by Ann Hartmann
My beloved son, Jeremy, was in denial about his substance abuse problems and I was consumed with fixing him.
I tried tough love, tender mercy, and everything in-between, but he was a grown man and I had no control over his choices. Helplessly watching his struggle was a faith-growing season for me. I had to give up my illusion of being able to protect him. I had to let go and entrust him to God’s care.
During my struggle with Jeremy’s situation, I listened as other people testified about God delivering them – from circumstances far worse than Jeremy’s. I was sure God was going to give my precious son his own victory story to tell. That was my plan for Jeremy’s life, and I expected God to make it happen.
Jeremy was a hardworking, skilled electrician. By Thursday night, he had already put in a forty-one hour workweek. He decided to treat himself to dinner out. He said, “Mama, I’ll be home around nine or nine-thirty,” and walked out the door.
He had been living with me the last week because he had lost his apartment. I had been reluctant to let him move back in – maybe my help wouldn’t help – but I will forever treasure those seven days. They were a gift to me from God.
Only God knows the exact details, but at 3:30 A.M. on October 15, 2004, Jeremy’s Honda Accord was found wrapped around a telephone pole. Inside, he was dead at the tender age of 24. The test results on the police report registered his blood alcohol level at 0.18. Jeremy was the drunk driver that killed my son.
When I discovered that my worst fear had become reality, negative thoughts began flowing through my mind. I knew God was my only hope of surviving the flood of grief, but doubt was trying to kill my faith. I had to hang on to God’s word and fight against what I knew to be lies.
Lie: “God didn’t answer your prayers.” I don’t understand why God didn’t intervene as I had expected, but he didn’t – or at least that is how it appears from my human point of view. God sees the big picture – I can’t. I am an ant in comparison to God (Job 38-42). I wanted to see God work the miracle in Jeremy’s life, but maybe some miracles are too great for human eyes (I Corinthians 2:9).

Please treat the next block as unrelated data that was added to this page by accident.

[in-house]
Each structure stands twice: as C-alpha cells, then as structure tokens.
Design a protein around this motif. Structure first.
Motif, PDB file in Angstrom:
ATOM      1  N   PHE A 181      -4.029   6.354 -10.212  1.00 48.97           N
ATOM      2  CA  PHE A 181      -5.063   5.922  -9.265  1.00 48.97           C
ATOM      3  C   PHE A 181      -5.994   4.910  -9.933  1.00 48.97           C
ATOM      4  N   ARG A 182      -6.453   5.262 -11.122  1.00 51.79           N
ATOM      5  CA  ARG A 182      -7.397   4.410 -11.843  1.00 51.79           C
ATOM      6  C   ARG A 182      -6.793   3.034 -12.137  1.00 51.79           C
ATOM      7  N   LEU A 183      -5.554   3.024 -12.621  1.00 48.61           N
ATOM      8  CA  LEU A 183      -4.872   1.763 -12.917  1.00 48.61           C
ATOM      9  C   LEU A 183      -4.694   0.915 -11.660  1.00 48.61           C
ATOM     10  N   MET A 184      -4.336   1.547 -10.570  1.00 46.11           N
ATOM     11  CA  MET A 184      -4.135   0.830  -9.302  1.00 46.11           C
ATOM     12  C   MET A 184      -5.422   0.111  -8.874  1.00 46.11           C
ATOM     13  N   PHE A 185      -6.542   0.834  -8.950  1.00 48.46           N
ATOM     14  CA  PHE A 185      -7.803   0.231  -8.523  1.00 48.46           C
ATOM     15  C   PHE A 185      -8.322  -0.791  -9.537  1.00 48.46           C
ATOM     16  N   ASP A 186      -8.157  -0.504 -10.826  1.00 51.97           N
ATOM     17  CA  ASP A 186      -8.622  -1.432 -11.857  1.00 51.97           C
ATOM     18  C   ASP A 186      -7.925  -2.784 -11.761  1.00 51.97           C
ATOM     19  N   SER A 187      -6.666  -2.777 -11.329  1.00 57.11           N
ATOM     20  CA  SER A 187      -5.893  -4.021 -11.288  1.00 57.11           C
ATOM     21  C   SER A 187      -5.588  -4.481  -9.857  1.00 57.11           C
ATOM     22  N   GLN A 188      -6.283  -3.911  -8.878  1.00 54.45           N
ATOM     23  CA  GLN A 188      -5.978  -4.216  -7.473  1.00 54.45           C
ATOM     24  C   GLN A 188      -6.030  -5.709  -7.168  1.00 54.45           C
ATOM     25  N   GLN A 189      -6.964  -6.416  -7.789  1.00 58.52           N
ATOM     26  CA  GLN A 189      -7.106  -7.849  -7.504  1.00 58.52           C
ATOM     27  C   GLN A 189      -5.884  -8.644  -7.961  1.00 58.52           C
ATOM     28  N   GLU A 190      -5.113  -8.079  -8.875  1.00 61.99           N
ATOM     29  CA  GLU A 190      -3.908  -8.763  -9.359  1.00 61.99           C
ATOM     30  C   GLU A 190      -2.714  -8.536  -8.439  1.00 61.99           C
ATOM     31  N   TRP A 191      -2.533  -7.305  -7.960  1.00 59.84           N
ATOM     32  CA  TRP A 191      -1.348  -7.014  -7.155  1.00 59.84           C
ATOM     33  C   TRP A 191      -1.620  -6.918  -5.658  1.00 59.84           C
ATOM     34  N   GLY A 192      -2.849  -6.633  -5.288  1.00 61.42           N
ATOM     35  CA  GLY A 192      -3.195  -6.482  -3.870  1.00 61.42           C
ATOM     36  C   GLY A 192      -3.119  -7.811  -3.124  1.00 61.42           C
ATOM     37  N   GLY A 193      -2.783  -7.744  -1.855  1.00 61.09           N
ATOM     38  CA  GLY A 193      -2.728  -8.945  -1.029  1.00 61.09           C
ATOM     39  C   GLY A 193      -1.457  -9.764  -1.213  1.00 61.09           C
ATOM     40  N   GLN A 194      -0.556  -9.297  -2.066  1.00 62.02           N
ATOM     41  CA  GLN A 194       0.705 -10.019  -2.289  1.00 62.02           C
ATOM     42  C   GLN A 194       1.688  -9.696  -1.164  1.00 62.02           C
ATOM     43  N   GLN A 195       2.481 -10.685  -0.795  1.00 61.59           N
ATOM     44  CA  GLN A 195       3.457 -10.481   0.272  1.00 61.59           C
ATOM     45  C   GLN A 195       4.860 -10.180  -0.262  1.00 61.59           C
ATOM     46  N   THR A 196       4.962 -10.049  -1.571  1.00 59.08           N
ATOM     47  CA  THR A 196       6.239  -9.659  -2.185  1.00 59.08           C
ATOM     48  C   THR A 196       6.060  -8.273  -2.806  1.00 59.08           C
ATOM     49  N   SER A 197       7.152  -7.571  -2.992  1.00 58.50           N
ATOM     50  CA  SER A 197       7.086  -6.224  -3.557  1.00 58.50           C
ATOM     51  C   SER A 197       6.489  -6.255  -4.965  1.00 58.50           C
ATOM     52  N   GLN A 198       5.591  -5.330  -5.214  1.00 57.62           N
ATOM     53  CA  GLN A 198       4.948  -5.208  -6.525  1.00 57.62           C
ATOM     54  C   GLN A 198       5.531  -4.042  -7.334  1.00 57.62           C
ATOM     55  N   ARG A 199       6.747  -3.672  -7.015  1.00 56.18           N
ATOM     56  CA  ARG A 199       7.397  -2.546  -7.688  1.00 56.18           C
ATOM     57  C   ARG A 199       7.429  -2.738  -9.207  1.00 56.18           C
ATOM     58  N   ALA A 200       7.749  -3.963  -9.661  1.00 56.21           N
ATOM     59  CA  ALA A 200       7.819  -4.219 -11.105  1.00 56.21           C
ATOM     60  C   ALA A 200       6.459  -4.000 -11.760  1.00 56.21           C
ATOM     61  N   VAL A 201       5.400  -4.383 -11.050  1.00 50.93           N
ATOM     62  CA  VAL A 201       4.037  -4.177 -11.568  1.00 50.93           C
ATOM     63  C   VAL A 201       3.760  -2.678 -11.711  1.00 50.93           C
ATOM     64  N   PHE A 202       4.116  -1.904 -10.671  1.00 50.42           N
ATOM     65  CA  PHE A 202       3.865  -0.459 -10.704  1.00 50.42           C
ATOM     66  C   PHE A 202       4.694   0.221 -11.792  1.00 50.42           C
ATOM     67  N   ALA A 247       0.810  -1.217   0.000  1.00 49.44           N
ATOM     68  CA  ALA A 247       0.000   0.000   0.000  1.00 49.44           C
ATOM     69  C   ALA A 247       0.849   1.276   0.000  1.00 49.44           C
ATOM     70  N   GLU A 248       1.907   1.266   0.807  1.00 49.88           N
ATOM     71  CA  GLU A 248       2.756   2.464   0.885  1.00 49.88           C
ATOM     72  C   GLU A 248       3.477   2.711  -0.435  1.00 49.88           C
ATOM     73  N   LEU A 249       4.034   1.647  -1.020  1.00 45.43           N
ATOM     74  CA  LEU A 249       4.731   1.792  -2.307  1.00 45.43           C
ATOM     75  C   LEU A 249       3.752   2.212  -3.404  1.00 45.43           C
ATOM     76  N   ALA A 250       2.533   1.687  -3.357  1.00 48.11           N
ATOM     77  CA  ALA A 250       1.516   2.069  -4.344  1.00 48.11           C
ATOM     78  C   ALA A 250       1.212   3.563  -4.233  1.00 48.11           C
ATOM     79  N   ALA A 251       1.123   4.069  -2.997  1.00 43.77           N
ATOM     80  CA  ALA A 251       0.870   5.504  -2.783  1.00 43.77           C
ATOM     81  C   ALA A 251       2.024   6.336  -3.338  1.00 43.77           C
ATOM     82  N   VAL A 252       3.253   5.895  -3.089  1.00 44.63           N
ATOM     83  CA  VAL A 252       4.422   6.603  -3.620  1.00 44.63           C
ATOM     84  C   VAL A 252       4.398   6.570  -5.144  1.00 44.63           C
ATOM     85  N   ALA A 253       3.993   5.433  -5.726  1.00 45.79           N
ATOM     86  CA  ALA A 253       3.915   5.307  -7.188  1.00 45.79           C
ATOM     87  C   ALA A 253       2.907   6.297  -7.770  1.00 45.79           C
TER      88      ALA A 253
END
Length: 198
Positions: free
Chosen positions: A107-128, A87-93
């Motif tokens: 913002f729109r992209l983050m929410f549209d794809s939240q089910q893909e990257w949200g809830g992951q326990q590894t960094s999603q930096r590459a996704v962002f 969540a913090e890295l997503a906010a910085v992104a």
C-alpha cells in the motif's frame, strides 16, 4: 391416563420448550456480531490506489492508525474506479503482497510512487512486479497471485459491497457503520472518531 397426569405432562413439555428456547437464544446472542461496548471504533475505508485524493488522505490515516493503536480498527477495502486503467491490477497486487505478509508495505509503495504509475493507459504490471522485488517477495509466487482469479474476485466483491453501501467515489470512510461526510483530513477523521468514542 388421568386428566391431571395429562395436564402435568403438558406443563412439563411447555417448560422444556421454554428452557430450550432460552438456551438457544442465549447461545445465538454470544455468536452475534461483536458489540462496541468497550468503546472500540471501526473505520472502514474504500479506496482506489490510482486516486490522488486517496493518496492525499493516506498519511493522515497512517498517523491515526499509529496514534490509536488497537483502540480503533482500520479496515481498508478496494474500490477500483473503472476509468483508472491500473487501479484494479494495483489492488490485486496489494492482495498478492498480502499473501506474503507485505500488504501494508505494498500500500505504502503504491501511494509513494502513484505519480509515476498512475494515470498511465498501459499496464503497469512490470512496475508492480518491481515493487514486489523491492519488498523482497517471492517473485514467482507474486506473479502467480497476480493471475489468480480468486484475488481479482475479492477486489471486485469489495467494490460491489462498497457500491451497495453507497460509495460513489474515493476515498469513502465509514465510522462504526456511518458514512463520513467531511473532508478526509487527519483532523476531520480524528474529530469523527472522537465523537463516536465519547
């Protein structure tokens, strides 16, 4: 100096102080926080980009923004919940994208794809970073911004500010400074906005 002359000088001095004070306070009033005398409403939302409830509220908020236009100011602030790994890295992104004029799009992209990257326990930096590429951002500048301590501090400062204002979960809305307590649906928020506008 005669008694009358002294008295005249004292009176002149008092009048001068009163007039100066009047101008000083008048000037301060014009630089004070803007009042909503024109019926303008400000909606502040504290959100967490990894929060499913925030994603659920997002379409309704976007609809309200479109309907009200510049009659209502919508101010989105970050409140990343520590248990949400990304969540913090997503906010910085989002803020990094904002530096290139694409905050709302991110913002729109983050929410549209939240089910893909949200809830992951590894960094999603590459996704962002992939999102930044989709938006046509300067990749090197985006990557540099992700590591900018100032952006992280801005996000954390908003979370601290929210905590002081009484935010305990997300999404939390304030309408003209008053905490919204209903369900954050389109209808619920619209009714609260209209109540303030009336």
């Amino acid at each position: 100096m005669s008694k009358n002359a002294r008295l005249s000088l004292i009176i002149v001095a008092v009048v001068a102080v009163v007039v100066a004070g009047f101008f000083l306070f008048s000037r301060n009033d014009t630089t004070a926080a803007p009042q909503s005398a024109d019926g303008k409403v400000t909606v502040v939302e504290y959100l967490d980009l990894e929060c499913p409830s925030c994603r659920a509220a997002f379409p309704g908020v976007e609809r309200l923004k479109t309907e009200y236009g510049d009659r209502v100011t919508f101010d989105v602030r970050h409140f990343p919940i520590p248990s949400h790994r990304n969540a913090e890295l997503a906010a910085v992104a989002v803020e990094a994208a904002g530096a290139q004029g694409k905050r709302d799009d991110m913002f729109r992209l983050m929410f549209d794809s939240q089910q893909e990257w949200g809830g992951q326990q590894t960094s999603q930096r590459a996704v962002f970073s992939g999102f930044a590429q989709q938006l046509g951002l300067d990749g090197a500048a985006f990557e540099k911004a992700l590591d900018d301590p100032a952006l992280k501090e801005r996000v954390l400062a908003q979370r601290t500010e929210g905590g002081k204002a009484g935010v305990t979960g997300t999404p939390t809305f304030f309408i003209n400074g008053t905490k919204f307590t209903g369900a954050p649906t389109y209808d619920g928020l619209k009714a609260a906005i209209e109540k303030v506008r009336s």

Lie: “God doesn’t love you!” I can’t imagine loving anyone enough to sacrifice my son’s life for them, but that is how much God loves me (John 3:16). His unconditional love is beyond my capacity to understand, but I think he gives us children to help us catch a glimpse. Even when Jeremy’s behavior was hard to love, I still loved him and longed for him to let me help. A mother’s love can be very strong, but God’s love for us is stronger than anything we know.
Lie: “Jeremy’s life was wasted.” Jeremy’s friends shared stories about how he had been there for them. I don’t think Jeremy realized what a positive difference he made – but it was obvious at his funeral. God’s good plans for creating Jeremy have not been hindered by his physical death. God is not limited by the time and space we are confined in. He can take a tragedy and use it for good (Romans 8:28).
Lie: “You lost your son.” As much as I claimed him, Jeremy didn’t belong to me. He belongs to God. God graciously shared him with me, and I am thankful. I learned so much from having Jeremy in my life! The joy of having known him is far greater than the pain of losing him. And he’s not lost. God knows exactly where he is.
Lie: “If you were really God’s child, he wouldn’t let you suffer.” God never promised us an easy life, just that he would never leave us or forsake us (Hebrews 13:5). God’s Son – who lived a perfect life and didn’t deserve to suffer – suffered. On our darkest days we can remember that Jesus hung on a cross for us. He feels all our pain and cries with us (John 11:35).
Lie: “You can’t get through this.” Losing a child is the greatest loss I have ever known. Without a doubt, I know I could never get through this on my own strength – but I haven’t had to. God gives me his strength (Philippians 4:13) and continually amazes me. He shines all the light I need for each step. He uses ordinary people and little things to comfort me. God is faithful to see us through any challenge we face (I Corinthians 10:13) and his grace is sufficient (II Corinthians 12:9).
Lie: “God failed you this time!” Without faith, I cannot have a relationship with God (Hebrews 11:6). Before Jeremy’s death, I asked God for more faith. I thought faith was a feeling, and I didn’t always feel it. Then I sensed God speaking to my heart, “I’ve already given you my faith – just use it.”
When Jeremy died, I was deeply disappointed with God – why had He allowed this? But I remembered his instruction about faith and decided to use it. Faith believes what cannot be seen (Hebrews 11:1). When I doubted my feelings instead of doubting God, God was able to change my feelings.
Can God be trusted – when everything seems wrong? Jeremy’s death makes no sense to me, but God doesn’t think the way I do (Isaiah 55:8-9).
In the Bible, God promised to make a great nation from Abraham and Sara – a childless couple. Joseph had been given the vision that he would rule Egypt, but he became a slave and prisoner. God led the Israelites straight to the Red Sea, where the Egyptians in hot pursuit could easily trap and kill them. God selected Paul, a man who was notorious for killing Christians, to be one of the top leaders of the church. None of these examples make sense, but each time God proved he was trustworthy.
God knows what he is doing and that’s all I need to know. It’s okay that I don’t have the answers. I’ve learned to surrender my will and have childlike faith. When I do, I’m blessed with a peace that can only come from God (Philippians 4:7). I choose to trust him.